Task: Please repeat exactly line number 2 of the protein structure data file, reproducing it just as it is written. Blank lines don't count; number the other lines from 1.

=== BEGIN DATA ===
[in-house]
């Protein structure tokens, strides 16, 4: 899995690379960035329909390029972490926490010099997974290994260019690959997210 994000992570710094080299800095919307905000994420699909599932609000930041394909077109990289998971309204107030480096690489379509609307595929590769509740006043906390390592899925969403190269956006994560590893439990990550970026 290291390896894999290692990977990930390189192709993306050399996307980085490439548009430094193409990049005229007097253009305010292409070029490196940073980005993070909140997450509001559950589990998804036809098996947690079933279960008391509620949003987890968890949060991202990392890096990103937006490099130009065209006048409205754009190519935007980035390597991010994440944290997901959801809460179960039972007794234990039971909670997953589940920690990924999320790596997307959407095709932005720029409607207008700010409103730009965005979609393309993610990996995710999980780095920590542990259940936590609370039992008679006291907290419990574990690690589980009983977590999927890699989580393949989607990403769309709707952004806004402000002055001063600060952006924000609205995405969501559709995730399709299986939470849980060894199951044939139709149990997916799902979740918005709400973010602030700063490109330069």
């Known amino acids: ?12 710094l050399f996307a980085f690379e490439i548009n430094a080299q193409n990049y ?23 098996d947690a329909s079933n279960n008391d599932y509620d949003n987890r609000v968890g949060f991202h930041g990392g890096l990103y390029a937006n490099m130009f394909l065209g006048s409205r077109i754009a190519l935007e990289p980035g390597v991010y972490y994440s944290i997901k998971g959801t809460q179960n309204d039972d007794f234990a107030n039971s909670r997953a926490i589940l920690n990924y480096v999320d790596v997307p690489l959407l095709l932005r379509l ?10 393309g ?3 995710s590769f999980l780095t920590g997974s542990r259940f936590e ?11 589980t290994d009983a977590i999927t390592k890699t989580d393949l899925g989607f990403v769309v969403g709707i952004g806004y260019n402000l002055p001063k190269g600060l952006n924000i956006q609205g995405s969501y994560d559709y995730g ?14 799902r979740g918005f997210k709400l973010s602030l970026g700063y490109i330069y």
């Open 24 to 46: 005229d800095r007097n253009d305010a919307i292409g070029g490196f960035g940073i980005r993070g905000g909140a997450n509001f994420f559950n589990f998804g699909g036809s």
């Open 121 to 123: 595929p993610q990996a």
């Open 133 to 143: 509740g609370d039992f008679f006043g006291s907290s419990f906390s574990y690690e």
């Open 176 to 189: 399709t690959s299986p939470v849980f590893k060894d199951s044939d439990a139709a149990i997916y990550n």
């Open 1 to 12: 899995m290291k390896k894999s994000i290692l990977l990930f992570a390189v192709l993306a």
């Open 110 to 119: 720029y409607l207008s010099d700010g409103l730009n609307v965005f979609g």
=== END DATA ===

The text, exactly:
């Protein structure tokens, strides 16, 4: 899995690379960035329909390029972490926490010099997974290994260019690959997210 994000992570710094080299800095919307905000994420699909599932609000930041394909077109990289998971309204107030480096690489379509609307595929590769509740006043906390390592899925969403190269956006994560590893439990990550970026 290291390896894999290692990977990930390189192709993306050399996307980085490439548009430094193409990049005229007097253009305010292409070029490196940073980005993070909140997450509001559950589990998804036809098996947690079933279960008391509620949003987890968890949060991202990392890096990103937006490099130009065209006048409205754009190519935007980035390597991010994440944290997901959801809460179960039972007794234990039971909670997953589940920690990924999320790596997307959407095709932005720029409607207008700010409103730009965005979609393309993610990996995710999980780095920590542990259940936590609370039992008679006291907290419990574990690690589980009983977590999927890699989580393949989607990403769309709707952004806004402000002055001063600060952006924000609205995405969501559709995730399709299986939470849980060894199951044939139709149990997916799902979740918005709400973010602030700063490109330069």